Launched at the end of 2016 in France, this experimental label, which anticipates the major upcoming revolution of the RE 2020 regulations, is a is a perfect transition towards a carbon free building world.
Aiming for positive energy (E+).
Because the energy signature is an essential criterion in building design, the efforts made to date in response to heat energy regulation changes should be pursued. It is still vital that we aim to make “positive energy” buildings, even if this theoretical difference between the energy respectively produced and consumed does not correspond in strict terms to the actual behaviour of the building.
The thousands of square metres we design every year have enabled us to obtain significant return on experience. Thus, we can certify that the best performances are almost always those which step outside the pure regulatory framework and require direct discussions with lawmakers or require investment which may (mistakenly) appear to be unreasonable in view of the issue at stake. This is all the more true in that the E3C2 goal (“E3” for level 3 energy-saving, “C2” for level 2 low carbon emissions), in a dense environment such as those of metropolitan areas, is pretty much the highest one can aim for, given today that the highest standard, E4C2, remains restricted to small surface area pilot operations on sites where there is an abundant supply of renewable energy.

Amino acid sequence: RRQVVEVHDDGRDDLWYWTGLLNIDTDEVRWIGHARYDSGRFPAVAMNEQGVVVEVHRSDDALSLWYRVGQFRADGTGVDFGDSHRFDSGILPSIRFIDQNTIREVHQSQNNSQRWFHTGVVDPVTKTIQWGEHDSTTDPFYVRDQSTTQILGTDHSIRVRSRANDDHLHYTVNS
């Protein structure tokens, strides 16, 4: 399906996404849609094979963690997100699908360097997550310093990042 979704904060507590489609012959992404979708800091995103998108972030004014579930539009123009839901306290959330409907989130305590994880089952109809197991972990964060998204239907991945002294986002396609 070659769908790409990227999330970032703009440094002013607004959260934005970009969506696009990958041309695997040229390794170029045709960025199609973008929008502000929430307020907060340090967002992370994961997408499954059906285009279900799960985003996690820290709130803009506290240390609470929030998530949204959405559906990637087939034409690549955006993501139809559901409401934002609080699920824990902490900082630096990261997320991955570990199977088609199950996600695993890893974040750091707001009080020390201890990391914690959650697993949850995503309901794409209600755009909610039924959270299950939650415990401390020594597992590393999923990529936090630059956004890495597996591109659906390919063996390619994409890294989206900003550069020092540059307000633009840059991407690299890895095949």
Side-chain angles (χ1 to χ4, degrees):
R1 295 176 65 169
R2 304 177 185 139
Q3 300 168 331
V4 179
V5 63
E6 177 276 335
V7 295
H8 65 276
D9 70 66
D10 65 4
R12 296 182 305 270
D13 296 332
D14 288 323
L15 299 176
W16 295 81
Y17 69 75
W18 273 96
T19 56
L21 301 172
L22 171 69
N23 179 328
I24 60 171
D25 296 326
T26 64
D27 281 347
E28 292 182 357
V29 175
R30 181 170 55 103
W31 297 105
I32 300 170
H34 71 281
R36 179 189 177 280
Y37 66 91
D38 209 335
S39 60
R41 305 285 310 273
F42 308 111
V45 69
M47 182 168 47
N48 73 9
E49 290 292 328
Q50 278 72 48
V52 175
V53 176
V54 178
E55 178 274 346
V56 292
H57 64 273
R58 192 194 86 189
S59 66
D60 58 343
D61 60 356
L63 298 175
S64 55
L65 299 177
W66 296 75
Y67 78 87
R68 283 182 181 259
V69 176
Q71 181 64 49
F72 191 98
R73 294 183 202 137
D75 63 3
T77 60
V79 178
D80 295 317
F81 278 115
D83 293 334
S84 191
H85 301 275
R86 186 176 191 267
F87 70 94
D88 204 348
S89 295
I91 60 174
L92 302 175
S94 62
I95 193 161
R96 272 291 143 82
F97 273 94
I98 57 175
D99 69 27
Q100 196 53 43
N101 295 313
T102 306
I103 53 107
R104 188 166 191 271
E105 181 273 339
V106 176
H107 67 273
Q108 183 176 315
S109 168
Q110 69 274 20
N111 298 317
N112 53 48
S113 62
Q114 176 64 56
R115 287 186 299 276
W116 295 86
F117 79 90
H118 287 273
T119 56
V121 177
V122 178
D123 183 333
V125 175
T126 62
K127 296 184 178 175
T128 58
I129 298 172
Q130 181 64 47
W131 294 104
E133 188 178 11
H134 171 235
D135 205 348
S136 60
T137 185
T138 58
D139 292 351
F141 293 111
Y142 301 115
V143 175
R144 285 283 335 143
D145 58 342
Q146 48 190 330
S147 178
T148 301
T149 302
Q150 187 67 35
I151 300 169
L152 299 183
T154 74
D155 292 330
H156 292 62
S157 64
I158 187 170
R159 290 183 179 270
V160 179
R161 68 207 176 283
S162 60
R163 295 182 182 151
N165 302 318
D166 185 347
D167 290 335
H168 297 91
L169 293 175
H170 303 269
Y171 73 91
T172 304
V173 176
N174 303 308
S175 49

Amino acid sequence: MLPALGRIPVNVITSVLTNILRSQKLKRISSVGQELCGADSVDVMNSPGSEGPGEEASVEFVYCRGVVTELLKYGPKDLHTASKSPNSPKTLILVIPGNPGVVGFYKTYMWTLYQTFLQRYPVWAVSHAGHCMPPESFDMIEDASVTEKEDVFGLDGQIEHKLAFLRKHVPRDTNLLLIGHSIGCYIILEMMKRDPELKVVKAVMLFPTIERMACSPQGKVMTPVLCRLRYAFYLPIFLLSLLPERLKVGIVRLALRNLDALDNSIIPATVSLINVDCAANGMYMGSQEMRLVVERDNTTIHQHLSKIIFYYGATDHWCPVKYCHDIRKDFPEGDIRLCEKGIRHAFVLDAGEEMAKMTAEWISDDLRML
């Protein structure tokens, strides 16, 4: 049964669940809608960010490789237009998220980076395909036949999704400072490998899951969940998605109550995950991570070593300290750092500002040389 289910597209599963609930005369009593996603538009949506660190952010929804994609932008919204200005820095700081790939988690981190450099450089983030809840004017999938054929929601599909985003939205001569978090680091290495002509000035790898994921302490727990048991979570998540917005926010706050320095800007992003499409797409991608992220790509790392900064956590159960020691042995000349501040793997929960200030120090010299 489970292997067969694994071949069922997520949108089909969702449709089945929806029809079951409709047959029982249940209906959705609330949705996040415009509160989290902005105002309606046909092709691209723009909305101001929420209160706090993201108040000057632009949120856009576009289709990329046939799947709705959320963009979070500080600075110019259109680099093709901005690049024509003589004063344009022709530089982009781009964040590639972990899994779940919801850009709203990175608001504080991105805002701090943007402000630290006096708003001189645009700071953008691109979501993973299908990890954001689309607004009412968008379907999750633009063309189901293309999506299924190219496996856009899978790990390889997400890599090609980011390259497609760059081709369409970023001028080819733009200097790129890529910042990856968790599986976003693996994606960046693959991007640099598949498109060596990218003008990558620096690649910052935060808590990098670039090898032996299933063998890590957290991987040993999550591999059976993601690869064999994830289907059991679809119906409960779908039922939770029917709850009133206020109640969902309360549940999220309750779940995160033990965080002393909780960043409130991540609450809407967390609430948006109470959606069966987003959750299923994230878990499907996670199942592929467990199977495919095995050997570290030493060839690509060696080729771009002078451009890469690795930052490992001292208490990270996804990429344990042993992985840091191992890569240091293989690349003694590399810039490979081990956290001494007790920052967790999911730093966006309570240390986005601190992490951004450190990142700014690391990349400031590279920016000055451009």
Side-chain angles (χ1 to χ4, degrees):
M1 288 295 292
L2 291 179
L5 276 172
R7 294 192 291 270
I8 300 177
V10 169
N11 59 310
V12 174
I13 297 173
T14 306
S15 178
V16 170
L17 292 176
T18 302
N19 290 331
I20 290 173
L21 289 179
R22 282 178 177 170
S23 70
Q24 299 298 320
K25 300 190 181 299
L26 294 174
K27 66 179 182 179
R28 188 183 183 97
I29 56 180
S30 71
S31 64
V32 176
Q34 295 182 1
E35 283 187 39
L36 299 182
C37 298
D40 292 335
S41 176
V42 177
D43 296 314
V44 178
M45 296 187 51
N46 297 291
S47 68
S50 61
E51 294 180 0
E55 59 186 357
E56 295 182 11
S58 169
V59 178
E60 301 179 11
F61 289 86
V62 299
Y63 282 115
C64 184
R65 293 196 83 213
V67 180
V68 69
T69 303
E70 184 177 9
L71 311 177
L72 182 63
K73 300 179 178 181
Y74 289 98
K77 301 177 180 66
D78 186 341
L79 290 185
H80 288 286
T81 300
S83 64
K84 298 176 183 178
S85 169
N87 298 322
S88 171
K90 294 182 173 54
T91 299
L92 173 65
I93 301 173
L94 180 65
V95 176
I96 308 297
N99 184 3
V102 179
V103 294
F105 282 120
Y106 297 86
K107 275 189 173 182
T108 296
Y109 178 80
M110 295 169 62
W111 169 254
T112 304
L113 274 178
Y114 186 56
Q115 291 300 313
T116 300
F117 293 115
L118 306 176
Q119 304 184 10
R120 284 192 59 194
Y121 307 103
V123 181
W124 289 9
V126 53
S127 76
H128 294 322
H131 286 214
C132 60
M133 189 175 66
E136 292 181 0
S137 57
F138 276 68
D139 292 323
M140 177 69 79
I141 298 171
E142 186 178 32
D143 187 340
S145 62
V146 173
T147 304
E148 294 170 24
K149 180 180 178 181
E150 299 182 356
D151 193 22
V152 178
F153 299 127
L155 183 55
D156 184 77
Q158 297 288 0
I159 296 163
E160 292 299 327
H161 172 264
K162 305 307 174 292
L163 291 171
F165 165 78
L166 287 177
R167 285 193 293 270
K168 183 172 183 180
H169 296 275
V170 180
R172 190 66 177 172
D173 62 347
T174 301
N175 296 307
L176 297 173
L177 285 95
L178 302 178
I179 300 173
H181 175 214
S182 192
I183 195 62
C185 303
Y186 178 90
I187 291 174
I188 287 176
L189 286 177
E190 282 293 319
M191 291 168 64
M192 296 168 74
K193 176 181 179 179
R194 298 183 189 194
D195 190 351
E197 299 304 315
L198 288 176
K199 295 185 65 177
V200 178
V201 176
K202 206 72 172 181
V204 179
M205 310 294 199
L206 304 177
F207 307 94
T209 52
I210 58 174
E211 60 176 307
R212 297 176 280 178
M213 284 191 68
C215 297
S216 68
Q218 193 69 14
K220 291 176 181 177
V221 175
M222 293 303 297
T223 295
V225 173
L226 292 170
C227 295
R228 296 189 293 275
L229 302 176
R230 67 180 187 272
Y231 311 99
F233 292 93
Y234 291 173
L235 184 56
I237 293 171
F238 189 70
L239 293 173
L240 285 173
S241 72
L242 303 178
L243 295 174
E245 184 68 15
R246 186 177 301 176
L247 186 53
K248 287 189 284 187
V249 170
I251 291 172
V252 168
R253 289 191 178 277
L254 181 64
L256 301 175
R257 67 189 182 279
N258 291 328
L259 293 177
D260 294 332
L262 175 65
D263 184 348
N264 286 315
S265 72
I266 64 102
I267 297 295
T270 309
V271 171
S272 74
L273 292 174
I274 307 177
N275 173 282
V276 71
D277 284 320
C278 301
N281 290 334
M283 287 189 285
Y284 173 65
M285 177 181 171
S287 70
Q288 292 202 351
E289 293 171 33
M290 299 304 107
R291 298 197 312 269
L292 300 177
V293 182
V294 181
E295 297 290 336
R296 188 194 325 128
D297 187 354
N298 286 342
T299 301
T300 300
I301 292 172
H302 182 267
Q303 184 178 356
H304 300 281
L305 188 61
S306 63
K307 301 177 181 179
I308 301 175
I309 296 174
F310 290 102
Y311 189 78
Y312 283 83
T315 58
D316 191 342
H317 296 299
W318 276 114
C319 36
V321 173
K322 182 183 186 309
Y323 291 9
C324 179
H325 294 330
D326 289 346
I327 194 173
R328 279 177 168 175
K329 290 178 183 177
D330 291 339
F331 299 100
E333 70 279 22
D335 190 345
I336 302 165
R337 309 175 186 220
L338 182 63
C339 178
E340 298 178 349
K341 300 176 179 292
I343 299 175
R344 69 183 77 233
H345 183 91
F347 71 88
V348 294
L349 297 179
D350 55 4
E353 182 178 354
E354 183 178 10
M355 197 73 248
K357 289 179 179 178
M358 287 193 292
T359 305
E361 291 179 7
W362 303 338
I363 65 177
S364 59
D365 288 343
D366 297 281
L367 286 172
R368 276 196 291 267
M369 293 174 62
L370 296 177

In spite of these obstacles encountered during the design of the first E3C2 buildings, we are convinced that we are heading in the right direction and that the change in paradigm caused by RE 2020 will truly and at long last encourage low carbon construction.
Reducing the carbon footprint (C-).
The challenge set for the building world is clear: it must massively reduce its carbon emissions. With 70% of the overall footprint in the space of 50 years, the carbon footprint of materials is the main challenge. The E+C- label perfectly addresses this theme and anticipates the French 2020 environmental regulation that will set energy and carbon goals for all new buildings.
To calculate the carbon impact according to E+C-, each material must be assessed using a life-cycle analysis (ACV in French), i.e. measuring the carbon “weight” of the manufacture, transport, use and end-of-life of the material in question. This weight, dictated by the INAIS database, is multiplied by the quantity of materials. The total footprint of a project conducted in the past would substantially exceed 1000 kg of CO2e/m² whereas in our new projects, we seek to go below 750 kg of Co2e/m². To do so, our engineers are mobilised to hunt out the slightest kilogram by optimising both quantity and the choice of material itself. Our expertise even allows us to go beyond the purely regulatory aspect of E+C- and adopt a more physical approach to the ACV.